NORMAN, Okla. - Oklahoma is considered one of the states hit hardest by the opioid crisis, according to an opioid policy researcher.
Dr. Andrew Kolodny, co-director of Opioid Policy Researcher at Brandeis University, was called to the stand Tuesday in the state's case against Johnson & Johnson. The state is suing the nation's largest drugmaker and accusing them of playing a key role in the nation's ongoing opioid epidemic.
Kolodny, whose professional career has focused on the prescription opioid and heroin crisis, was presented as an expert witness Tuesday in the third week of bench trial. Kolodny said he agreed to work with the state after having a "front seat watching this problem slowly get worse over many years."
"The opioid crisis is, I think, the most significant public health crisis our country has faced possibly in its history — certainly since the Spanish flu epidemic. The death toll is enormous," he testified. "Oklahoma’s one of the hardest hit states in the country in terms overdose deaths, the rate of overdose deaths and in opioid prescribing and, in certain types of opioid prescribing, Oklahoma is at the very top of the list."
According to Kolodny, no other country compares to the United States in terms of opioid consumption. Despite that, he said there was "zero evidence" chronic pain is treated better in the United States.
State: "So, what in the world happened to cause this diversion from 1996 between the United States’ consumption and Europe?"
Kolodny: "We destroyed the dam of narcotic conservatism, and we flooded the country with opioids."
Michael Yoder with O'Melveny & Meyers LLP is an attorney for the defense counsel. Yoder argued Kolodny was not qualified to testify on what caused the epidemic.
"He’s not a statistician. He’s done no type of statistical analysis. He relies primarily on correlation, which is not the same as causation. It’s just not his area," he said. "He really hasn’t done the work that a true causation expert would do in order to offer those opinions."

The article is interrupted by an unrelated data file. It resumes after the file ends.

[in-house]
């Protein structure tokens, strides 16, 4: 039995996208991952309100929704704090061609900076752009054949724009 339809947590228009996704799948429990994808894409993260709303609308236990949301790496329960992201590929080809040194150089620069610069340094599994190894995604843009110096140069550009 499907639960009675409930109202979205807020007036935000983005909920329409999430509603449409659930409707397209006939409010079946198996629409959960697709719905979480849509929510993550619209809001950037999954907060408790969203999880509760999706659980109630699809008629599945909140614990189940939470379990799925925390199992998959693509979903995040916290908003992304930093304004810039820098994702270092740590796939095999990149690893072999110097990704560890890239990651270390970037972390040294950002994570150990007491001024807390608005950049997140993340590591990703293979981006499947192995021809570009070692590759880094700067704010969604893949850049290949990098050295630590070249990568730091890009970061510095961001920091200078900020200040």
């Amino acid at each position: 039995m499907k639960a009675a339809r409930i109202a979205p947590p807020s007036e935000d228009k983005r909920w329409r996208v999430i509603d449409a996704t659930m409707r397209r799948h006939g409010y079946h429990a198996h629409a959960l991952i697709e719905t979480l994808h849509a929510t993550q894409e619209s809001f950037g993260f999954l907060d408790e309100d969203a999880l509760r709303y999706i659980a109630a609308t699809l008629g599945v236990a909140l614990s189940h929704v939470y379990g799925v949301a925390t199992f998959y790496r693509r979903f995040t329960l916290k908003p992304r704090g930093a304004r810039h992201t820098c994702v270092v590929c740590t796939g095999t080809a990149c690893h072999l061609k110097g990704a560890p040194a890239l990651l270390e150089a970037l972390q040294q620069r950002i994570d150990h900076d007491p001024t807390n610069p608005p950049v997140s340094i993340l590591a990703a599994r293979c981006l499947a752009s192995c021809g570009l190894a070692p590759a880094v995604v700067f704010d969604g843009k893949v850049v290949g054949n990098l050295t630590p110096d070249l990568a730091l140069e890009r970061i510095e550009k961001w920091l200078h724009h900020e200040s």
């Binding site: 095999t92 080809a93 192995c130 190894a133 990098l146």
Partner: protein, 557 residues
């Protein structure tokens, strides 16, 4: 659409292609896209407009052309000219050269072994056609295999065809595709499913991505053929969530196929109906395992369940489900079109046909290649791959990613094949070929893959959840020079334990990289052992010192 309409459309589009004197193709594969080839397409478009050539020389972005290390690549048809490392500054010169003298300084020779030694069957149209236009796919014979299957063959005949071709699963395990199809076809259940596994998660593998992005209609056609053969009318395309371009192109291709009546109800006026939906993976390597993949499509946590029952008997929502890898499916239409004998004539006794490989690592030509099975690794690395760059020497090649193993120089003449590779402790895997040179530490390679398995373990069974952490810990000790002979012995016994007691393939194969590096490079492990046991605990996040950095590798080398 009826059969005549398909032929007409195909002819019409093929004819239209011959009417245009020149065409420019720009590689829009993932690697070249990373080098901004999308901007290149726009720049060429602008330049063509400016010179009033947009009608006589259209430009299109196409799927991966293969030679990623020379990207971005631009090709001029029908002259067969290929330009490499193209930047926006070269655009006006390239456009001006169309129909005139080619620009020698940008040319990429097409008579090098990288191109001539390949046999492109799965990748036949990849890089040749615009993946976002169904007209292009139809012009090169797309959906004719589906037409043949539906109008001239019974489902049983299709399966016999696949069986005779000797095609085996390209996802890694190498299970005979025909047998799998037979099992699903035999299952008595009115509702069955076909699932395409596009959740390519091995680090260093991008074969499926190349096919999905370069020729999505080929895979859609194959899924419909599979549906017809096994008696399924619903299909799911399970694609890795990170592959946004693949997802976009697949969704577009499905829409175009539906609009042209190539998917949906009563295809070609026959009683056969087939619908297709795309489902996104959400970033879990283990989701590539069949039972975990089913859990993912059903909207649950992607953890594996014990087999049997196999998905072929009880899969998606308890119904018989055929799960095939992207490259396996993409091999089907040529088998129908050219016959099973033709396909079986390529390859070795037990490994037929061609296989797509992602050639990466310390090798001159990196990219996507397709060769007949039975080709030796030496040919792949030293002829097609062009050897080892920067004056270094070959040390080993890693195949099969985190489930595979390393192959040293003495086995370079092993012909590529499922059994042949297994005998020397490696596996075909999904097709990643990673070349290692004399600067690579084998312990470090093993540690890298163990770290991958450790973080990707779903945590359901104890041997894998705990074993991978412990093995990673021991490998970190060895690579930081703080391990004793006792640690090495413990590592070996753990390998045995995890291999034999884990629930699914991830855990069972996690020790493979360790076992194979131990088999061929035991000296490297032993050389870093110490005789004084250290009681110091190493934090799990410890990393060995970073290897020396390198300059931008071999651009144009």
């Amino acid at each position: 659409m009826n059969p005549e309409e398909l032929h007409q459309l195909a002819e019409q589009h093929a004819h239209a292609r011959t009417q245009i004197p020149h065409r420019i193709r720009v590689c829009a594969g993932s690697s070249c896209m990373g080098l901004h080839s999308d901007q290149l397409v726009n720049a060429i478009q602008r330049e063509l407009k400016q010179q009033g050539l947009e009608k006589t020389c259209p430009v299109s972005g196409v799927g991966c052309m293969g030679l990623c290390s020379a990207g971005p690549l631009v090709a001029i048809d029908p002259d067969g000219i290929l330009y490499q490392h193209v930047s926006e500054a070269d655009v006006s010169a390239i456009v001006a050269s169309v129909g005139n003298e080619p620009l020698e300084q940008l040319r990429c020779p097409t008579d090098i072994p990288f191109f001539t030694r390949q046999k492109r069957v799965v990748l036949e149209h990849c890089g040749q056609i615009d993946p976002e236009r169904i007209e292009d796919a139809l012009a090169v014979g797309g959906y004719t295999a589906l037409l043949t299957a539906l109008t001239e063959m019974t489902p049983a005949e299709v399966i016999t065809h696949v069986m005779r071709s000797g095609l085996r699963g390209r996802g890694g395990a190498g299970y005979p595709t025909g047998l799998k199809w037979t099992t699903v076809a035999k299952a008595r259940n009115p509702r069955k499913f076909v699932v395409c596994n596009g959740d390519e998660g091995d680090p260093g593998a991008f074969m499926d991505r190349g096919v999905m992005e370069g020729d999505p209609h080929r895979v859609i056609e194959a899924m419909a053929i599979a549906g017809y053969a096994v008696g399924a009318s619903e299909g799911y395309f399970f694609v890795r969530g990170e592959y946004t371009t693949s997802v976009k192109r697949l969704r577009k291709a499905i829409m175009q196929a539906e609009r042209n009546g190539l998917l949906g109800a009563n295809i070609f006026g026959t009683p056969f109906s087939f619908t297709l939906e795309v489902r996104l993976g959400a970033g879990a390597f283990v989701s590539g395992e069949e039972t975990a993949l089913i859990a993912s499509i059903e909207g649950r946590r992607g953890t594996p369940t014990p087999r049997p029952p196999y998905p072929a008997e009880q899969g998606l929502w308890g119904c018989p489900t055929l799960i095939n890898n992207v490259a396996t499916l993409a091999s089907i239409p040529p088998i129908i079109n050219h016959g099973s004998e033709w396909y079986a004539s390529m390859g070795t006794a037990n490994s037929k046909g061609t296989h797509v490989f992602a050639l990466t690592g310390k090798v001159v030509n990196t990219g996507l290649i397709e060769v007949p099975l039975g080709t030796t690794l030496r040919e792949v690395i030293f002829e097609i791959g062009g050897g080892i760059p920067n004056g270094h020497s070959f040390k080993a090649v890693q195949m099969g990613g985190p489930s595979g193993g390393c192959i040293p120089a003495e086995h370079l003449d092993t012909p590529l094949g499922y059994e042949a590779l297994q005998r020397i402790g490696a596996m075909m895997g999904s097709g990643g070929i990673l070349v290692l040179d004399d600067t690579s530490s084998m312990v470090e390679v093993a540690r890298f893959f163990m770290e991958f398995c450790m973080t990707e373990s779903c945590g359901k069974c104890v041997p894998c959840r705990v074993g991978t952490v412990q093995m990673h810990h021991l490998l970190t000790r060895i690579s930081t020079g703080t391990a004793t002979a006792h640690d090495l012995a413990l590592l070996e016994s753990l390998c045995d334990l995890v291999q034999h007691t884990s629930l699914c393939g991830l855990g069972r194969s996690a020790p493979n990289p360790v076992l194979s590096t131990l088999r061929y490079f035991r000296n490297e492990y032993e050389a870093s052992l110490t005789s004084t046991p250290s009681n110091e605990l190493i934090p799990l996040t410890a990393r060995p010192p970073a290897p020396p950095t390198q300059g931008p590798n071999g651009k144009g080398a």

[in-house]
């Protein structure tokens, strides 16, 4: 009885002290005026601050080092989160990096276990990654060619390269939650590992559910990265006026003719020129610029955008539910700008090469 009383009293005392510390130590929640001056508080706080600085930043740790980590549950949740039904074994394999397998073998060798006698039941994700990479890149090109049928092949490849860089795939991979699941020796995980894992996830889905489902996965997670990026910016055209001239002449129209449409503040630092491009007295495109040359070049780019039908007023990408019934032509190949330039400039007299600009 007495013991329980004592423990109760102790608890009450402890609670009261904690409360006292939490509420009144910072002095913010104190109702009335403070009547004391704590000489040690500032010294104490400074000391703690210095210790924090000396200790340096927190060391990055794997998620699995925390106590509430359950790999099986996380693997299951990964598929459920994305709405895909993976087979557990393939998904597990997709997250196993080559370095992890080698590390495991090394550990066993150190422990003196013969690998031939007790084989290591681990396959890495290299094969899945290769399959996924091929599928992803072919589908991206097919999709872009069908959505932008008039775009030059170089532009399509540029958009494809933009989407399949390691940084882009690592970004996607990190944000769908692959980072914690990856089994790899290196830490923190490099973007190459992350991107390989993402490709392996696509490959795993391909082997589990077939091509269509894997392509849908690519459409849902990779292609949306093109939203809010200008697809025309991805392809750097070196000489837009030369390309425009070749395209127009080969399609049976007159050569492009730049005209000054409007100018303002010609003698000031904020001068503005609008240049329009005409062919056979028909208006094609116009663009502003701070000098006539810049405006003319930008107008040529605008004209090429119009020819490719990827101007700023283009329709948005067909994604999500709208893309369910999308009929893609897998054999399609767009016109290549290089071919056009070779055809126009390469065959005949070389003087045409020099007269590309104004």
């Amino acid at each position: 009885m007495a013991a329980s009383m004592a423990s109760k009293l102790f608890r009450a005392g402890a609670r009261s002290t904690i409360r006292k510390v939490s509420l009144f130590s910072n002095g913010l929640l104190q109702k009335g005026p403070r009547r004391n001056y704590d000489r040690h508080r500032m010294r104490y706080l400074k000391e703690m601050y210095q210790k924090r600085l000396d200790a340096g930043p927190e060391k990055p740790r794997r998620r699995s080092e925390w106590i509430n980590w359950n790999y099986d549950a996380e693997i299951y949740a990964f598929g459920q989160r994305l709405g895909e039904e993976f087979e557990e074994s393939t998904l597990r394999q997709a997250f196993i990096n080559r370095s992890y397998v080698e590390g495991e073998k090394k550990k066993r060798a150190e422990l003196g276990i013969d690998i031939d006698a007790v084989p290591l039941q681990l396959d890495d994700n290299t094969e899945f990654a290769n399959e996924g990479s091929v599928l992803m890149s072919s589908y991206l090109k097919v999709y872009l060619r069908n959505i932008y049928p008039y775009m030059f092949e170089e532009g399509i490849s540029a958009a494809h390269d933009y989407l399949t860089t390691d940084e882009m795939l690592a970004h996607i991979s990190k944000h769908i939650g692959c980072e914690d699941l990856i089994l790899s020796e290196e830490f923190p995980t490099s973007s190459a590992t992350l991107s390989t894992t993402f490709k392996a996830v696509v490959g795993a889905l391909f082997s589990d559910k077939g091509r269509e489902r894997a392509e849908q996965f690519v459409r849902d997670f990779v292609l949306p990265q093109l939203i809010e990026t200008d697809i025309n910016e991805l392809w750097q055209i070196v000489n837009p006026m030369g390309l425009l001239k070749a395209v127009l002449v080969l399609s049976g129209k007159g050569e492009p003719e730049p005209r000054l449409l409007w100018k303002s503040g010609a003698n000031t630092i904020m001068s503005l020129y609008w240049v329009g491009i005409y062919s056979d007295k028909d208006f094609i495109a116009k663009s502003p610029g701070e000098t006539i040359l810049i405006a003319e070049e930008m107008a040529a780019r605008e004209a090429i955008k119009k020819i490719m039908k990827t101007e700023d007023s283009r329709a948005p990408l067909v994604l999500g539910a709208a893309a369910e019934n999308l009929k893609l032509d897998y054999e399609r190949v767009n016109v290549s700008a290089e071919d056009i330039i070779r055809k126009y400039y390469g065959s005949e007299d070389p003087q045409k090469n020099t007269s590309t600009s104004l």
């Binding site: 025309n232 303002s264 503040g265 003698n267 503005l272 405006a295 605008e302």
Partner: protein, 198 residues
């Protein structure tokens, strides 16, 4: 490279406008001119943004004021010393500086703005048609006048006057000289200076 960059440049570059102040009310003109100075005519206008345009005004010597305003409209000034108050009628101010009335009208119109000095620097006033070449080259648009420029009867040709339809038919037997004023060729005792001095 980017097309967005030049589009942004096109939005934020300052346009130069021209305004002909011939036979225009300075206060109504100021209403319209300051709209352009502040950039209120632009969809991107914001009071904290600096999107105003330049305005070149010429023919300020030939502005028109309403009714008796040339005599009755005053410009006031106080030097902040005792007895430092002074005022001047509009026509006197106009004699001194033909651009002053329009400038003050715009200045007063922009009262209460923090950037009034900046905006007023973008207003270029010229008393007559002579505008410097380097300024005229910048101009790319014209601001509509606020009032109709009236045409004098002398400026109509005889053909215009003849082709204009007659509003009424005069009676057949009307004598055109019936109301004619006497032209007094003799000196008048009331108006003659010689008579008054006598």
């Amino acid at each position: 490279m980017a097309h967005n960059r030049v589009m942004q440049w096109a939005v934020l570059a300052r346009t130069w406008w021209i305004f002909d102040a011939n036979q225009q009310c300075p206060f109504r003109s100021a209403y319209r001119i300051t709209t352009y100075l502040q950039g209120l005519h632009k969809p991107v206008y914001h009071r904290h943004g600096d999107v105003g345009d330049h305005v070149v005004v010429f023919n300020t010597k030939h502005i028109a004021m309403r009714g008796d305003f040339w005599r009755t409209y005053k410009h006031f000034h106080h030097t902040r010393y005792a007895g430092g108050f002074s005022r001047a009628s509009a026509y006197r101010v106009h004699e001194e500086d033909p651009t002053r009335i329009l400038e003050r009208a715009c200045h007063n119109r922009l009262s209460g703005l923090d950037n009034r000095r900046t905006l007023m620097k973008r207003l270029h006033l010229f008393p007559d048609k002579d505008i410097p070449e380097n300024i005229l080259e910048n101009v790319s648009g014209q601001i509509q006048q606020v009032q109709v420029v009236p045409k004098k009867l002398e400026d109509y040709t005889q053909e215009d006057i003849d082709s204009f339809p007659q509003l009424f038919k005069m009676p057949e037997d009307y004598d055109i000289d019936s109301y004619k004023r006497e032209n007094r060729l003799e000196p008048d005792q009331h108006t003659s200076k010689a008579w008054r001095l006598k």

Judge Thad Balkman overruled the defense's motion, allowing the testimony to proceed.
"Until I had an opportunity to review discovery documents you’ve shown me or documents I had found on my own, I really was not aware of how bad Johnson & Johnson was or how big of a player they’ve been in this whole crisis," Kolodny testified Tuesday.
The defense did not have a chance to cross-examine Kolodny. News 4 received this statement from Janssen and Johnson & Johnson's Oklahoma counsel John Sparks:
“The testimony of the State’s witness, Dr. Kolodny, was filled with rampant speculation and conclusions not derived from facts. He has acknowledged himself that he has no training or education in marketing. His petitions to the FDA have been explicitly rejected. And further, his comments on the production of medical-grade pharmaceutical ingredients under the regulation and authorization of the DEA and FDA are offensive, sensationalist, and baseless.
Former subsidiaries Noramco and Tasmanian Alkaloids were governed by and complied with international and federal regulations at every stage of their supply chain, and every gram of active pharmaceutical ingredient was produced and sold pursuant to the DEA’s express regulatory authorization and quota system. Additionally, as a supplier, those former subsidiaries did not have any role in the manufacturing, sales, or marketing of the finished products of any manufacturers.
The evidence remains that Johnson & Johnson and its former subsidiaries appropriately and responsibly met all laws and regulations on the manufacturing, sale and distribution of active pharmaceutical ingredients and pharmaceutical products and did everything you’d expect a responsible company to do.”